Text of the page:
The Library of Congress is saving and archiving every tweet sent on the social network Twitter. I heard this a while back, and I just kinda thought, “Huh.” I started considering that recently, so I did a little Googling. According to this article from TIME, the archiving started in 2010. Twitter was founded in March 2006, so, by the time they started archiving, 21 billion tweets had already been sent. Just for a better visual, that’s 21,000,000,000. In 2008, there were 125 million tweets being created per day. When Twitter filed for their IPO in October of 2013, it disclosed that there are “more than 200 million monthly active users who tweet 500 million tweets per day.” As of February, 2013 (when the TIME article was written), the Library of Congress had archived 170 billion tweets with a daily growth of 500 million. So, from the time that article was written until now, 225 billion tweets have been sent. Let’s say that a quarter of those were public (probably a low estimate), and we have 56,250,000,000 tweets that have been added to that 170 billion. 226,250,000,000. And counting. This is mind-boggling to me.
I had a post almost complete in my head about how everybody thinks they have something to say. No, the irony of stating this in a blog post is not lost on me. Somehow, I thought the irony would work in my favor. And it might; who knows? My original plan was to go off about how everybody needs to shut up and listen. How we’re all full of ourselves and think we’re right and if you don’t like it that’s fine but I’m still right and you’re still wrong. It’s easy to look at a number like 200 million active Twitter users and see a bunch of idiots who are sending selfies, stupid comments, useless information about themselves and feedback on the same. WHO CARES!?!?!?!? I DON’T CARE ABOUT YOU!!!!!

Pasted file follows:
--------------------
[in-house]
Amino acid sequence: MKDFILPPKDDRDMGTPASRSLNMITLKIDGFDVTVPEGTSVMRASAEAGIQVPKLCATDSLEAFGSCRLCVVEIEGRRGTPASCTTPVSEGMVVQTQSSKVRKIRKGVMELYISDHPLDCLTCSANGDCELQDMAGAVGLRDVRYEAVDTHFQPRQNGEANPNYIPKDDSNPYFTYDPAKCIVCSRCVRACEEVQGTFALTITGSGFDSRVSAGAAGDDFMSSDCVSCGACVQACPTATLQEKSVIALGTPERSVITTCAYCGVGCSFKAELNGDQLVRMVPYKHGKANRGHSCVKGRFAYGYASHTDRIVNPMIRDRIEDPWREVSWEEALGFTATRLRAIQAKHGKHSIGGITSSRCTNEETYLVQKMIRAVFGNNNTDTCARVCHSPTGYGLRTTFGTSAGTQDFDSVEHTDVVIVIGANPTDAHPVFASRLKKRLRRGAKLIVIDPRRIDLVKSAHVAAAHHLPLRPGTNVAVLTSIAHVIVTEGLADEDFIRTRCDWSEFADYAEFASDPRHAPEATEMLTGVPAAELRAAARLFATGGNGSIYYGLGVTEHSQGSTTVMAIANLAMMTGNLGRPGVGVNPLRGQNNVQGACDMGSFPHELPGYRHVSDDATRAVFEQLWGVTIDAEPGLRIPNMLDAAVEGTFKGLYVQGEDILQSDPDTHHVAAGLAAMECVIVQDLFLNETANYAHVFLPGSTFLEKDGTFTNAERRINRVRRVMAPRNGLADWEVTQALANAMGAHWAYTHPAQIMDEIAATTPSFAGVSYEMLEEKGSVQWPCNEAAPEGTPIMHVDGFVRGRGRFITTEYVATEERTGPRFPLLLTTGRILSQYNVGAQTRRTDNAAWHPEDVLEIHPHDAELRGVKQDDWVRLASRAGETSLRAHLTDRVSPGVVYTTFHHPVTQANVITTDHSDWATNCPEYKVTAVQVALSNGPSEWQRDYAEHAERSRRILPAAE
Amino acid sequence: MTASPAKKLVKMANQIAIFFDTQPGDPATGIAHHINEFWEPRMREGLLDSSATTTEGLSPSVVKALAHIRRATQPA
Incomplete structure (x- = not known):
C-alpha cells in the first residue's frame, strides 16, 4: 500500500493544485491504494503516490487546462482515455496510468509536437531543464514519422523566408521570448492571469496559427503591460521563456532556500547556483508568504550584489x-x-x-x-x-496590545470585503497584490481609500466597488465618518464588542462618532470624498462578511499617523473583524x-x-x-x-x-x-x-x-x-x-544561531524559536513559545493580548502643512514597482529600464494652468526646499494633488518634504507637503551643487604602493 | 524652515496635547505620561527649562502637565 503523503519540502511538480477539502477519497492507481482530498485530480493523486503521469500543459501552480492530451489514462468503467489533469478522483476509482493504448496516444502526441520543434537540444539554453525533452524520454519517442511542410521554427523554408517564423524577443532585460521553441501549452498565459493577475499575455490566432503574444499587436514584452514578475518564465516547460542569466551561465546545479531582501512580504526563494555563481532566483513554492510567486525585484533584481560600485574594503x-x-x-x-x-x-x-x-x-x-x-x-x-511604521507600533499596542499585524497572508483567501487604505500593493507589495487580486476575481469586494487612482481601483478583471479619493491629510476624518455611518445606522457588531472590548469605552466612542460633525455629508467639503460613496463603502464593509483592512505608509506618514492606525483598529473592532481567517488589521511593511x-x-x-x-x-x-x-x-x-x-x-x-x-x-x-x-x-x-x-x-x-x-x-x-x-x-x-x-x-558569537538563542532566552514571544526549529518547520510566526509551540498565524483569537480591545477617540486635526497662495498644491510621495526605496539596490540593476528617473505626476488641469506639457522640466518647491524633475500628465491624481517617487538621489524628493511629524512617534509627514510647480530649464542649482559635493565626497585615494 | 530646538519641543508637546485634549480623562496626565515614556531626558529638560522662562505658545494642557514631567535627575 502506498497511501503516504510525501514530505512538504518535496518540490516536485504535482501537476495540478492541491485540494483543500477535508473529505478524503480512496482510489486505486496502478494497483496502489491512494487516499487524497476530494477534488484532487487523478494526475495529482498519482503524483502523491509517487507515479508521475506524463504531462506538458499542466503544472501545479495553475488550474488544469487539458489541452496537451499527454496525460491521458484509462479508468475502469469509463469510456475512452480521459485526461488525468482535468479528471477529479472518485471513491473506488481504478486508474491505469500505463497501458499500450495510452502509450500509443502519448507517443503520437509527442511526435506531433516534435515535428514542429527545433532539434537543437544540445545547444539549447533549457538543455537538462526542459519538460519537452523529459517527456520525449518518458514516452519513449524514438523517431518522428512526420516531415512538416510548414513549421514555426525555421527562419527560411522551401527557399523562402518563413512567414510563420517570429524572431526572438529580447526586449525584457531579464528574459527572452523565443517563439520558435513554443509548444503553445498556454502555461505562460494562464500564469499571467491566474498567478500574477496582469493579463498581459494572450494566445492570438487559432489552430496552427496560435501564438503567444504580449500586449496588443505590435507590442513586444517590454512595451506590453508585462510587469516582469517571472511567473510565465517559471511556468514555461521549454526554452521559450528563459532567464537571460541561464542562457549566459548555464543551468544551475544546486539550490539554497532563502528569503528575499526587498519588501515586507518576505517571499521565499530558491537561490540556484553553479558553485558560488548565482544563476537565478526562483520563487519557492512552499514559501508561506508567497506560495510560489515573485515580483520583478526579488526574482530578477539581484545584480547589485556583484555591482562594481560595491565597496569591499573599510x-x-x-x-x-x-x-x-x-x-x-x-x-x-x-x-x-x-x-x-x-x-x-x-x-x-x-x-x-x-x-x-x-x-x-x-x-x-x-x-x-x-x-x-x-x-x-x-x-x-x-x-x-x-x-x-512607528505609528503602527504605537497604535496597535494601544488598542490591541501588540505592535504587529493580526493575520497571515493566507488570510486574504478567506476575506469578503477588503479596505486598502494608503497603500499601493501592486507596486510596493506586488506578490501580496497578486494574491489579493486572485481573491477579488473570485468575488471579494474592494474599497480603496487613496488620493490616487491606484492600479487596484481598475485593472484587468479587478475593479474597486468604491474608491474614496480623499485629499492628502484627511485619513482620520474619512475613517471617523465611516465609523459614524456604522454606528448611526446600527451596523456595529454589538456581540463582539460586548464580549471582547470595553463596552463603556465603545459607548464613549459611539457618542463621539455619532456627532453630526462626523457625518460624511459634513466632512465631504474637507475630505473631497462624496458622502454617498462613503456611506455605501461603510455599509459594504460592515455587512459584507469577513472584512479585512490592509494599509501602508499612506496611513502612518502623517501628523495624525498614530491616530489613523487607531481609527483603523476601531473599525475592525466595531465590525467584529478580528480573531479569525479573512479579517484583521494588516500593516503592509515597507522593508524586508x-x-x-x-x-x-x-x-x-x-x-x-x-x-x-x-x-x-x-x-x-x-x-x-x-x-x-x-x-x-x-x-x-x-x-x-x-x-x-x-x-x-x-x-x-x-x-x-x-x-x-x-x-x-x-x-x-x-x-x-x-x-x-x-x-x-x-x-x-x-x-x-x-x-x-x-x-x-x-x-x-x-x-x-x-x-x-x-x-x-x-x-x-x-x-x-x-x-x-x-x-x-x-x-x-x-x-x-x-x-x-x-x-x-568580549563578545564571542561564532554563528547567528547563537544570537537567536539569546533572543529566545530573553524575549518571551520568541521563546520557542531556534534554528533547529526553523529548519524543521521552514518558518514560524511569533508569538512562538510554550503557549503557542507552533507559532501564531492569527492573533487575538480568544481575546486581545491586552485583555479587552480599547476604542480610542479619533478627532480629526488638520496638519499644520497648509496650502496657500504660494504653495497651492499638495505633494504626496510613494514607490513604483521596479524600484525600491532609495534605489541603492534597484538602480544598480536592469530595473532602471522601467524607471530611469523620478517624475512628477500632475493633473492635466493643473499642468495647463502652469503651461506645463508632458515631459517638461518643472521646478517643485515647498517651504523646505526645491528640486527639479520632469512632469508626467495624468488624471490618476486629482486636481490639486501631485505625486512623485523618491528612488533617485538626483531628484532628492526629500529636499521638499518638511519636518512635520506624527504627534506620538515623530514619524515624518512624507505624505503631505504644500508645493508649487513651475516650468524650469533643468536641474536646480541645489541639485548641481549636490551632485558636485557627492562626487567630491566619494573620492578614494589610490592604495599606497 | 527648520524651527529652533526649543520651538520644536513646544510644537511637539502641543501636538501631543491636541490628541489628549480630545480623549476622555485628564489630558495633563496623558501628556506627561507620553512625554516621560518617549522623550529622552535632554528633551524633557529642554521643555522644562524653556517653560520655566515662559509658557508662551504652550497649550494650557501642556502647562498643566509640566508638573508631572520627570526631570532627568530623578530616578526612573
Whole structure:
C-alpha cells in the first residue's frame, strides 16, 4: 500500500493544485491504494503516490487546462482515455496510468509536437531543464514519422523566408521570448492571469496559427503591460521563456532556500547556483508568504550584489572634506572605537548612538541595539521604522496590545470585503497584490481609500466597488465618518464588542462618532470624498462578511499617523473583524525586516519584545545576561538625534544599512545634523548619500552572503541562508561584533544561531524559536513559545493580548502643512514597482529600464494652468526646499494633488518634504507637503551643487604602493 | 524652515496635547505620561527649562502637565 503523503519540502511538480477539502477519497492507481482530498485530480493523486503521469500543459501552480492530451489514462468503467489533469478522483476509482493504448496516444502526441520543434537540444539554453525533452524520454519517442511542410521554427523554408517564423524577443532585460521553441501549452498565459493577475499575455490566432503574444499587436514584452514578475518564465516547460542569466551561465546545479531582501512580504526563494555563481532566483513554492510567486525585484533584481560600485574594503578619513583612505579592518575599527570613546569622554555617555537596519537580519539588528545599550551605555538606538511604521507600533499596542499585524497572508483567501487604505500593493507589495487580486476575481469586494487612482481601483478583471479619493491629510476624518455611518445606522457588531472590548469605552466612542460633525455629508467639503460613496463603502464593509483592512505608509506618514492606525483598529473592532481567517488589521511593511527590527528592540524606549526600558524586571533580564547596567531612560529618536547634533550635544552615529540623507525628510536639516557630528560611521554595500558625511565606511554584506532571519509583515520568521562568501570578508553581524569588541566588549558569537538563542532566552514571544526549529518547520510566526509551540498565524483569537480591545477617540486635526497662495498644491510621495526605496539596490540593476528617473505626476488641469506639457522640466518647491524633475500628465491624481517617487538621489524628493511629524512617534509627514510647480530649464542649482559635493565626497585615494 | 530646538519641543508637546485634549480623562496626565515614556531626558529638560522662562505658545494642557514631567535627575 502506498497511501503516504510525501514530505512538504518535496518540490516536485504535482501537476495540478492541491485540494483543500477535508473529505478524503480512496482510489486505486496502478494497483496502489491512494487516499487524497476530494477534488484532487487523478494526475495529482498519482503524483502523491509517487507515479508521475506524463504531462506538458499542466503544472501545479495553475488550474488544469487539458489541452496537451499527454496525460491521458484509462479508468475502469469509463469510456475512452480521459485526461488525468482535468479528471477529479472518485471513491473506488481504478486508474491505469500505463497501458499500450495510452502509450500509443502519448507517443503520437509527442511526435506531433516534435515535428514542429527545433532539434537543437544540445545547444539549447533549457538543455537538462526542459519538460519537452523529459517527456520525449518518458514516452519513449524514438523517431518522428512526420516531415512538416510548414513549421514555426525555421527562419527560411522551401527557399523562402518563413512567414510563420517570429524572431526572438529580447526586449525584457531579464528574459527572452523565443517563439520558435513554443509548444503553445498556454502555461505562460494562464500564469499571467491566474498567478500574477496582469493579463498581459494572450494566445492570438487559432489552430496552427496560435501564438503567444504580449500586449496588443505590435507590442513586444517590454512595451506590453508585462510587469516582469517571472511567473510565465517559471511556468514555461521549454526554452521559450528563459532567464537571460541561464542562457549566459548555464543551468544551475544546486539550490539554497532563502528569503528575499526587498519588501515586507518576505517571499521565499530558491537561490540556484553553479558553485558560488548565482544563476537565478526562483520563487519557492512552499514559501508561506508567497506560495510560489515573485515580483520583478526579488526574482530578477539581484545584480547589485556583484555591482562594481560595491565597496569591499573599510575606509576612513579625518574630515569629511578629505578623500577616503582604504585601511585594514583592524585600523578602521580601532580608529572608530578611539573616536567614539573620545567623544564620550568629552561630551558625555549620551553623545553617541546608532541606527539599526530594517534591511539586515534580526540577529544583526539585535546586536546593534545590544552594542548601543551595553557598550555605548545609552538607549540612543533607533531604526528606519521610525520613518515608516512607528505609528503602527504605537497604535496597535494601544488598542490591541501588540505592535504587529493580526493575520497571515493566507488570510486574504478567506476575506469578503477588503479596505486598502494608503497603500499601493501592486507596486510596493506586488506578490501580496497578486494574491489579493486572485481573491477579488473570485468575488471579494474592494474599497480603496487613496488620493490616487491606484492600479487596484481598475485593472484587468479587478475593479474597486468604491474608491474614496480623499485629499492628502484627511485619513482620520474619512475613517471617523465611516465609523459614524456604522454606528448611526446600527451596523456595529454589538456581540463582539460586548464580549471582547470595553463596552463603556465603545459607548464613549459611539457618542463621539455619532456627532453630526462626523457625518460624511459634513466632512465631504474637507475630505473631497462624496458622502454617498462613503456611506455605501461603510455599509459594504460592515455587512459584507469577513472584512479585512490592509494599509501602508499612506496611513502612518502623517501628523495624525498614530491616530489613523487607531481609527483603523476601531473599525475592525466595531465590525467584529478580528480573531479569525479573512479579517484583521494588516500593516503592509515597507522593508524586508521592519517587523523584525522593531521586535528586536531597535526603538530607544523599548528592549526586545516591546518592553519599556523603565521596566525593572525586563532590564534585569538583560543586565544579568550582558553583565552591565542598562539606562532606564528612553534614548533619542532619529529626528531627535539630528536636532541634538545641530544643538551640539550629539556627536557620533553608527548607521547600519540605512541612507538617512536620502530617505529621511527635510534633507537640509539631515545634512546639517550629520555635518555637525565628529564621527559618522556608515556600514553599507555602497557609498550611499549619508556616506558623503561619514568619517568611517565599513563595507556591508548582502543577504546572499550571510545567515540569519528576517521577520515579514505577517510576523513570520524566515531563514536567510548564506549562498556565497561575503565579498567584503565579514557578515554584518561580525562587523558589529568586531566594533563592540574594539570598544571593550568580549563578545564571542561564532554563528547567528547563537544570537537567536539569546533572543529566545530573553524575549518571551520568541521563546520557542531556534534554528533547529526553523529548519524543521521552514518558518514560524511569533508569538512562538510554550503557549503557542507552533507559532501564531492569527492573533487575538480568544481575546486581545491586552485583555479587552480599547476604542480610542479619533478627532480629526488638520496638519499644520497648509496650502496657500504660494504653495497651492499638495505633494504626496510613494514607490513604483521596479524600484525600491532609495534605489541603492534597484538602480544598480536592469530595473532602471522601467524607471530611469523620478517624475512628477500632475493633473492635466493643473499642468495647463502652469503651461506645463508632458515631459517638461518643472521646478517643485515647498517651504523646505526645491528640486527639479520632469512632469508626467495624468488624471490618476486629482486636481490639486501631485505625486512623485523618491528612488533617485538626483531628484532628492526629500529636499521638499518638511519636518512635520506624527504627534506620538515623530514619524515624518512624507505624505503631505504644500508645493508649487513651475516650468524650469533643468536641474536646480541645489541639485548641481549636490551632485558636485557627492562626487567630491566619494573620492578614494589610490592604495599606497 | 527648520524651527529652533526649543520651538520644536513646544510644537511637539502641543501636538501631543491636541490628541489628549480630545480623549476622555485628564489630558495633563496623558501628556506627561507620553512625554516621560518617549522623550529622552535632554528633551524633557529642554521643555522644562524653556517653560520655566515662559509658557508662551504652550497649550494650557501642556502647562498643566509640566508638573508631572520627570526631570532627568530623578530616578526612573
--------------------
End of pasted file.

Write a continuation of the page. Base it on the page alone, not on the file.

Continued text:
Wait. Whoa. What did I just say? Seriously?
Do I think people should talk less and listen more? Yes. Do I think it’s a waste of resources to store every single tweet, from Anthony Weiner’s weiner to President Obama’s post-election thanks to the voters to my neighbor telling his buddies where to meet him for a beer, in the Library of Congress? Maybe; not sure on that yet. Are there people behind those 140-character snippets? Definitely.
So this post isn’t really about Twitter and my self-righteous judgement of it and its users. I sat down to write one thing, and now it’s something different. I’m gonna run with it.
Jesus wasn’t able to interact personally with everyone in the crowd of 5,000. Nor was He able to do so with the crowd of 4,000. Nor could he with the crowd on Palm Sunday. Same thing on the day He was crucified. There was always a crowd around Jesus, and, in His human form, He couldn’t interact personally with all of them. But He loved all of them. He loved every person in the crowd of 5,000 as a person. He didn’t see a jumbled mass of screwed up humanity. He looked at the crowd and saw individual people with stories and wounds and histories. He saw them, saw their circumstances, saw their need, and He fed them. He saw people. Wherever Jesus went, He saw people, and He loved them.